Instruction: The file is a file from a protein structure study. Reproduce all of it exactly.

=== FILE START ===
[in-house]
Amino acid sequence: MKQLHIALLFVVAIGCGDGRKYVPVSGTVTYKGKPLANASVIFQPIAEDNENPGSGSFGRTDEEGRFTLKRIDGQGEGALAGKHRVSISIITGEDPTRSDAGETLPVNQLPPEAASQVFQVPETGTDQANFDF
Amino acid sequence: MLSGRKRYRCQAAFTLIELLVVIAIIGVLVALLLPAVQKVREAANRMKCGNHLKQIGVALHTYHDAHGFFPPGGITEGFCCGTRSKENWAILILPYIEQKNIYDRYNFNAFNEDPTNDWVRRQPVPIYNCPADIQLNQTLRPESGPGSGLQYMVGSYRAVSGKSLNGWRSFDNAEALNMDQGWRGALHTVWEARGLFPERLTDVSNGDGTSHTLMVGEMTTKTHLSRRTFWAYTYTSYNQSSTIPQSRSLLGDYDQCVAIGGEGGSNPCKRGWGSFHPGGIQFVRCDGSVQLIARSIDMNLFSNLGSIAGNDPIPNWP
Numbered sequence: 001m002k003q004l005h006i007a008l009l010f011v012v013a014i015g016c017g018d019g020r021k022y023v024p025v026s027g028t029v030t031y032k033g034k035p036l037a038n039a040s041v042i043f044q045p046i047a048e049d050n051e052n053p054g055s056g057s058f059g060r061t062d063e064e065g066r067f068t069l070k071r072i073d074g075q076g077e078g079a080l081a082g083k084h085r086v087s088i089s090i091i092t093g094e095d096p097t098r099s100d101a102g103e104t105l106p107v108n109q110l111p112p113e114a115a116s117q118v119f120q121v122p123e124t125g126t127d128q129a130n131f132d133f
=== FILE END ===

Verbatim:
[in-house]
Amino acid sequence: MKQLHIALLFVVAIGCGDGRKYVPVSGTVTYKGKPLANASVIFQPIAEDNENPGSGSFGRTDEEGRFTLKRIDGQGEGALAGKHRVSISIITGEDPTRSDAGETLPVNQLPPEAASQVFQVPETGTDQANFDF
Amino acid sequence: MLSGRKRYRCQAAFTLIELLVVIAIIGVLVALLLPAVQKVREAANRMKCGNHLKQIGVALHTYHDAHGFFPPGGITEGFCCGTRSKENWAILILPYIEQKNIYDRYNFNAFNEDPTNDWVRRQPVPIYNCPADIQLNQTLRPESGPGSGLQYMVGSYRAVSGKSLNGWRSFDNAEALNMDQGWRGALHTVWEARGLFPERLTDVSNGDGTSHTLMVGEMTTKTHLSRRTFWAYTYTSYNQSSTIPQSRSLLGDYDQCVAIGGEGGSNPCKRGWGSFHPGGIQFVRCDGSVQLIARSIDMNLFSNLGSIAGNDPIPNWP
Numbered sequence: 001m002k003q004l005h006i007a008l009l010f011v012v013a014i015g016c017g018d019g020r021k022y023v024p025v026s027g028t029v030t031y032k033g034k035p036l037a038n039a040s041v042i043f044q045p046i047a048e049d050n051e052n053p054g055s056g057s058f059g060r061t062d063e064e065g066r067f068t069l070k071r072i073d074g075q076g077e078g079a080l081a082g083k084h085r086v087s088i089s090i091i092t093g094e095d096p097t098r099s100d101a102g103e104t105l106p107v108n109q110l111p112p113e114a115a116s117q118v119f120q121v122p123e124t125g126t127d128q129a130n131f132d133f